One of the more inevitable and unfortunate traditions in college sports is the need to overplay one game or one performance, good or bad, until hype morphs into stupidity. That’s when things get said like Steve Spurrier’s comment that the Alabama Crimson Tide “looks like they could beat a couple of those NFL teams I’ve watched on Sunday.”
That and other nonsense — like the parade of pundits ready to claim that this year’s Tide squad was better than the previous national champions — seems silly now.
So, the same temptation should be avoided when analyzing Texas A&M. Even though the Aggies’ upset win over Alabama was, without question, their biggest win since capturing the national title in 1940, one game alone is not enough for any grand proclamations other than to say it was a darn good game, the kind A&M fans will be talking about for decades.
For sober predictions to have meaning, the season as a whole must be examined through the lens of history and expectations.
On both those fronts, it is not hyperbole to say that A&M’s Kevin Sumlin is the SEC Coach of the Year. Hands down. Bar none.
Granted, Sumlin is coaching almost none of his own players. Mike Sherman recruited them, including quarterback Johnny Manziel. But that only enhances Sumlin’s case. The team could have mailed it in. The players could have rejected their new coach — not their guy; not their style; not somebody who understands them — or they could have transferred.
Plus, in years past, most notably last season, the Aggies were notorious for letting leads slip away and blowing games late. With a new man at the helm, it would have been easy for that trend to continue.
Throw in an inaugural SEC schedule which included LSU, Alabama, Florida, Arkansas and Mississippi State, it was no wonder most experts predicted a four-, five-, at the outside six-win A&M season. Even the most ardent Aggie fans hoped this squad could make it to a bowl.
Now they’re a top-10 team, eighth in the BCS standings and looking to climb higher. More importantly, the way they lost last year, blowing leads and playing soft down the stretch, has vanished like the Texas dew. Not only can their offense score quickly, every Aggie is playing more physical than anyone can remember.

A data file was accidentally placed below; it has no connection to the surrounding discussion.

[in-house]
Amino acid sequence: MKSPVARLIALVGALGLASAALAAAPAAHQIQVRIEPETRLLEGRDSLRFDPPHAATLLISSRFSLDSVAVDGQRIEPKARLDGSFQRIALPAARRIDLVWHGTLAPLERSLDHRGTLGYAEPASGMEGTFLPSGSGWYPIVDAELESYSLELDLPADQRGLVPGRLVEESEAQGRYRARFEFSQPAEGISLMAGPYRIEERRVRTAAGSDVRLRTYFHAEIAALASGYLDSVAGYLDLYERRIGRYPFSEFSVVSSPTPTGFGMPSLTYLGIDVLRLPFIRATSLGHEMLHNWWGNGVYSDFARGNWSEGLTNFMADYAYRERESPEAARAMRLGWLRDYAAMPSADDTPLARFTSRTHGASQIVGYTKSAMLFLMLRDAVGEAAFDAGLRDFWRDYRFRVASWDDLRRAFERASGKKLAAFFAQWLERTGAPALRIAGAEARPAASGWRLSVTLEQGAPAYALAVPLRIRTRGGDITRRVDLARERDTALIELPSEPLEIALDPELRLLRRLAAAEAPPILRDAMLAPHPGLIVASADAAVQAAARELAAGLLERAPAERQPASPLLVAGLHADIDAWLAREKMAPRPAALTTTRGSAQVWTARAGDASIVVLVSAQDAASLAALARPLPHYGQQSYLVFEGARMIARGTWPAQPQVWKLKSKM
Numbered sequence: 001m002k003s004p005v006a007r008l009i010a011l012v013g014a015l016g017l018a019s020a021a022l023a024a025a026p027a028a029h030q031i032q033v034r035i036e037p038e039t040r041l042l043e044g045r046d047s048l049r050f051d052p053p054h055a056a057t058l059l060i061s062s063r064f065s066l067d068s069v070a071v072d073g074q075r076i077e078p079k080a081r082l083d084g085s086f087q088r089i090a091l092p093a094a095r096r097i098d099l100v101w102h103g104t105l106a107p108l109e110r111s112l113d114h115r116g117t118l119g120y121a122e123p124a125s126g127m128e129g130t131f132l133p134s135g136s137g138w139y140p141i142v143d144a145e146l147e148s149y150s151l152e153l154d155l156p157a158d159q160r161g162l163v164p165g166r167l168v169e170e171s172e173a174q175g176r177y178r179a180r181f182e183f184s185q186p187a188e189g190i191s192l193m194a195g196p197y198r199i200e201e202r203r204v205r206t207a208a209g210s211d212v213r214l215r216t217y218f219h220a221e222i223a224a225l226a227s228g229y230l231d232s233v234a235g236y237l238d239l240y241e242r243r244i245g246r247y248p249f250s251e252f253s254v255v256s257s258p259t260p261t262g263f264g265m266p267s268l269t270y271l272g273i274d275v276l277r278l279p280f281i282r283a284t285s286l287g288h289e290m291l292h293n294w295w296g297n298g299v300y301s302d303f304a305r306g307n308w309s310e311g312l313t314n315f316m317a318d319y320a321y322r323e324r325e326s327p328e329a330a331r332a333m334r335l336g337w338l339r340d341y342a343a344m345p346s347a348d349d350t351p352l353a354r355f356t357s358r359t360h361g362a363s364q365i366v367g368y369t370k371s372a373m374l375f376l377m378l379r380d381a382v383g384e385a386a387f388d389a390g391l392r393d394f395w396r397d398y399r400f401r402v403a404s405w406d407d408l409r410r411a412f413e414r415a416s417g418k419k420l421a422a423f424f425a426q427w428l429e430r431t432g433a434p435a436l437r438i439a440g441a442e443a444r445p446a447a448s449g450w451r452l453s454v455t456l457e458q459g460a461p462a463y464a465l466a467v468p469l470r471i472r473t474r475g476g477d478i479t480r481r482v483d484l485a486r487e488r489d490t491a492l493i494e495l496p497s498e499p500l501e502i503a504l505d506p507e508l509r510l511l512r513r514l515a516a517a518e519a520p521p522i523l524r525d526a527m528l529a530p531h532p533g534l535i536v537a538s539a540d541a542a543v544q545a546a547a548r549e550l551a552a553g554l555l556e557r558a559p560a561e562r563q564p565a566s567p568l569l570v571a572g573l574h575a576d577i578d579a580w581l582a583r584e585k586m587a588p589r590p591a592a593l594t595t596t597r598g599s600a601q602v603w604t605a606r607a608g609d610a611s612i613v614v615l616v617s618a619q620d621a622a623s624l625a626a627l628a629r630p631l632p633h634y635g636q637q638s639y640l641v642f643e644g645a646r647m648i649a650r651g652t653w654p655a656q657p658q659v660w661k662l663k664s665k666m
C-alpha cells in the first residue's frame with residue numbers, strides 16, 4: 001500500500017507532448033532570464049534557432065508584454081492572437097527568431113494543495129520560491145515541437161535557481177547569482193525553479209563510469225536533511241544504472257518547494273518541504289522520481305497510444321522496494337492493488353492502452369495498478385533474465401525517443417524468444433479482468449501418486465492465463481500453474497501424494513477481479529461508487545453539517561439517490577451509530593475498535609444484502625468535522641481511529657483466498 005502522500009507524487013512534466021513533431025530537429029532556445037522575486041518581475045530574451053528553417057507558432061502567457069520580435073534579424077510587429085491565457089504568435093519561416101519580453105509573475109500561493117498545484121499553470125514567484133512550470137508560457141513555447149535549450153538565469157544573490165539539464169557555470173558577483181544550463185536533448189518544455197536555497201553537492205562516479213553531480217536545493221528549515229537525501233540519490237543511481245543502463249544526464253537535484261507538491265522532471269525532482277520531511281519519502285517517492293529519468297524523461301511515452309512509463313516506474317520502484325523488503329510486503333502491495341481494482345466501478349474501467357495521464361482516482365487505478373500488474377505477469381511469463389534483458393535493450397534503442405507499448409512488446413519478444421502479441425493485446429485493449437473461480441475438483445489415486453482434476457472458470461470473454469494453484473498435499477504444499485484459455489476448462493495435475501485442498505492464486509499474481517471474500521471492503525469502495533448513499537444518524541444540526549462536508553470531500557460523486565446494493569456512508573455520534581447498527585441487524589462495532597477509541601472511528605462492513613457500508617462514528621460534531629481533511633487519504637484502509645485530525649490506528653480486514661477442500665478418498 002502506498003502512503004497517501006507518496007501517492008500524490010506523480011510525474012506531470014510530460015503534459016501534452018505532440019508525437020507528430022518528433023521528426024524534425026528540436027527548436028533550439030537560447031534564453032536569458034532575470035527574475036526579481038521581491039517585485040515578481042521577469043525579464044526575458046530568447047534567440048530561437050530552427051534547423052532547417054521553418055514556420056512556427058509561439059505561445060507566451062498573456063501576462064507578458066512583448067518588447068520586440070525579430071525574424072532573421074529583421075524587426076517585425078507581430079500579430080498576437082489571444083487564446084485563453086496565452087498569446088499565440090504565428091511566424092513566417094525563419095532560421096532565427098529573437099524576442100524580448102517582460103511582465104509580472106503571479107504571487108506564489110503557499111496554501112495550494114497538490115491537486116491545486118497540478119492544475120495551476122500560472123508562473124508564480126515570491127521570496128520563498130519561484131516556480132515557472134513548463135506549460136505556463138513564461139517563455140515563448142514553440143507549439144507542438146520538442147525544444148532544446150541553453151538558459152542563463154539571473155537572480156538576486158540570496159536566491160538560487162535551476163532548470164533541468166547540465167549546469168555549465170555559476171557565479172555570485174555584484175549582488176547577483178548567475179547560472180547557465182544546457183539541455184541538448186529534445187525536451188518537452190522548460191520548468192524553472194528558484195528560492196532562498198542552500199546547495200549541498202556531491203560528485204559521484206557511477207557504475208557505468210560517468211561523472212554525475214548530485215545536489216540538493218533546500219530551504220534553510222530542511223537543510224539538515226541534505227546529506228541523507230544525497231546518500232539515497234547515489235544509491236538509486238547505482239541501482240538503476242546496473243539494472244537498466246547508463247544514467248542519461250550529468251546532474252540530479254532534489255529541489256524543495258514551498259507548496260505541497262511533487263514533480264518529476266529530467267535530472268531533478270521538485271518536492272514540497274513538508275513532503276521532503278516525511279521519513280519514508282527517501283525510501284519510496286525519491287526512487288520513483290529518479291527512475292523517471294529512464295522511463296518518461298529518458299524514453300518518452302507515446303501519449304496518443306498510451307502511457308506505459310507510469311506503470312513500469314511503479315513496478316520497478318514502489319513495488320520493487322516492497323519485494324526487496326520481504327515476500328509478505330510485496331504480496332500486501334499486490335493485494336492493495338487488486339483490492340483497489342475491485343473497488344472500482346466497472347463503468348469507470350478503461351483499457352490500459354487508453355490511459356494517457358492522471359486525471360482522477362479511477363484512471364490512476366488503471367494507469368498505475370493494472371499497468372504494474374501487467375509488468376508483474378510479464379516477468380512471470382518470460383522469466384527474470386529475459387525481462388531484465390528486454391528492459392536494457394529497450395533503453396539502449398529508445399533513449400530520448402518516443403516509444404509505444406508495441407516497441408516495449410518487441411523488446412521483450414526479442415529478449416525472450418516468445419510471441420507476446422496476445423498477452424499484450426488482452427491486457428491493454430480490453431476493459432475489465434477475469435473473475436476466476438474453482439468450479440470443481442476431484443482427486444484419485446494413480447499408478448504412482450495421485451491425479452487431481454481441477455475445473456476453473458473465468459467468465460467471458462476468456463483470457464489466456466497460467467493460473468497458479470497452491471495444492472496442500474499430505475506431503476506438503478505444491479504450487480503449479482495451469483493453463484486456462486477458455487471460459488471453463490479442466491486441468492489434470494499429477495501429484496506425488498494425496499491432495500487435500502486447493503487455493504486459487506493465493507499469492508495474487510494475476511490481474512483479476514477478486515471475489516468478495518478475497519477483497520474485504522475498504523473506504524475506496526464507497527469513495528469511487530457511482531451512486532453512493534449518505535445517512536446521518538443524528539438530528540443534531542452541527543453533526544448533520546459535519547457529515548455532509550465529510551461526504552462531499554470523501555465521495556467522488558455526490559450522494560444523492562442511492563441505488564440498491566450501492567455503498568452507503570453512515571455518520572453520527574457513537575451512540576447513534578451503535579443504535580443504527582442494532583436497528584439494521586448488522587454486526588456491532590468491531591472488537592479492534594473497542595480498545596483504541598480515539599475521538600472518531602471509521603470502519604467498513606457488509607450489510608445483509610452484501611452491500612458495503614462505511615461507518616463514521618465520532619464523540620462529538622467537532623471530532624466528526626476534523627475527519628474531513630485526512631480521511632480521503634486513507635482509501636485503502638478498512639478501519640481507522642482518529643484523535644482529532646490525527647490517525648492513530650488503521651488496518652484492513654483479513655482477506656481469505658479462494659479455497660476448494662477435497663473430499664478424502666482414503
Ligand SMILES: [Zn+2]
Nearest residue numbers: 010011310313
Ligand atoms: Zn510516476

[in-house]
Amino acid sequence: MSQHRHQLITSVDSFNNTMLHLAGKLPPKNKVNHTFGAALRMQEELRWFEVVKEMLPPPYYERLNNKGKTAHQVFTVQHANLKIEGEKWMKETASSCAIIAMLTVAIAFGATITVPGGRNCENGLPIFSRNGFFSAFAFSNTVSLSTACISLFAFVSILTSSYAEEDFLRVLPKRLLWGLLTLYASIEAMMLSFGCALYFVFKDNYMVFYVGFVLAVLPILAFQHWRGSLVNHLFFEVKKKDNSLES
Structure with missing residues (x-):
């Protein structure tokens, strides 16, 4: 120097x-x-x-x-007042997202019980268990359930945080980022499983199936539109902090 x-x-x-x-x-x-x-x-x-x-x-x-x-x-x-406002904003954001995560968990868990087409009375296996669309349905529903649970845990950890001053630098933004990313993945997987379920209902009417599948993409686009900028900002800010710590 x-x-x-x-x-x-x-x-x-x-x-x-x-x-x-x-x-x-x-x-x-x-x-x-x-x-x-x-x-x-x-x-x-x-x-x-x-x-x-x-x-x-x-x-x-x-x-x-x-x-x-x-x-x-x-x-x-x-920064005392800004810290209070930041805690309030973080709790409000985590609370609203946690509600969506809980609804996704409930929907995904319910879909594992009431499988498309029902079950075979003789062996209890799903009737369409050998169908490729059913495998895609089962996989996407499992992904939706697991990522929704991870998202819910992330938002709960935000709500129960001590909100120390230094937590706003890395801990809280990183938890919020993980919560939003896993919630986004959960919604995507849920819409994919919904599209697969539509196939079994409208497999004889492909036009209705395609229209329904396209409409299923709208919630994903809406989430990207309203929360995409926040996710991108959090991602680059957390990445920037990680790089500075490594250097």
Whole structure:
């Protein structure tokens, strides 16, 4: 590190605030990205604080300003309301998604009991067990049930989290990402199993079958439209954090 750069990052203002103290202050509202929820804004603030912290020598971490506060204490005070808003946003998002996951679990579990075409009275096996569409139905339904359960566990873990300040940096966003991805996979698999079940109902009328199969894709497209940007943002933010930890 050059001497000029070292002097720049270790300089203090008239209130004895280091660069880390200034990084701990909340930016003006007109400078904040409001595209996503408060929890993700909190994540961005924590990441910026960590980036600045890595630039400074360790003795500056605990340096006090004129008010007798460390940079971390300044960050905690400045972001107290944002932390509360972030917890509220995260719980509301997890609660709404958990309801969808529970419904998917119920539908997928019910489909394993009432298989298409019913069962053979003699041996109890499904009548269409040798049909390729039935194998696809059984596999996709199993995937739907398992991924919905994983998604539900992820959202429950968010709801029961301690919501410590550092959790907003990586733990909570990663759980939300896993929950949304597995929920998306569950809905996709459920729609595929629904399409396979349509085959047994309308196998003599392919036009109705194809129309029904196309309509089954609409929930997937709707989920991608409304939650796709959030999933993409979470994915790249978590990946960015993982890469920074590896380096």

Case in point is receiver Ryan Swope, who had 11 catches for 111 yards in the win at ‘Bama. A senior who has struggled with concussions throughout his career, Swope laid out for a critical grab in the fourth quarter, holding onto the ball despite almost being decapitated by Alabama defensive backs.
That catch was illustrative of the way the Aggies have played under Sumlin, getting better with each game, and getting tougher where others might have wilted. Nobody has seen this sort of hard-nosed, leatherneck grit in College Station, Texas, since Bear Bryant’s Junction Boys.
Forget Johnny Football for a moment — although Manziel is making the best freshman case for the Heisman trophy in decades — this team is eight points away from being undefeated in a year when most people hoped it would win one conference game. The Aggies lost to Florida 20-17 on Sept. 8 and to LSU 24-19 on Oct. 20.
There is one primary reason for the success.
“Kevin Sumlin’s our football coach,” A&M linebacker Sean Porter said after the Alabama win. “(Coach Sumlin) won’t accept second-half letdowns. He does a great job leading us.”
Indeed he does, and not just for one game. The Coach of the Year award should go to the man who has elevated his team and exceeded expectations for an entire season.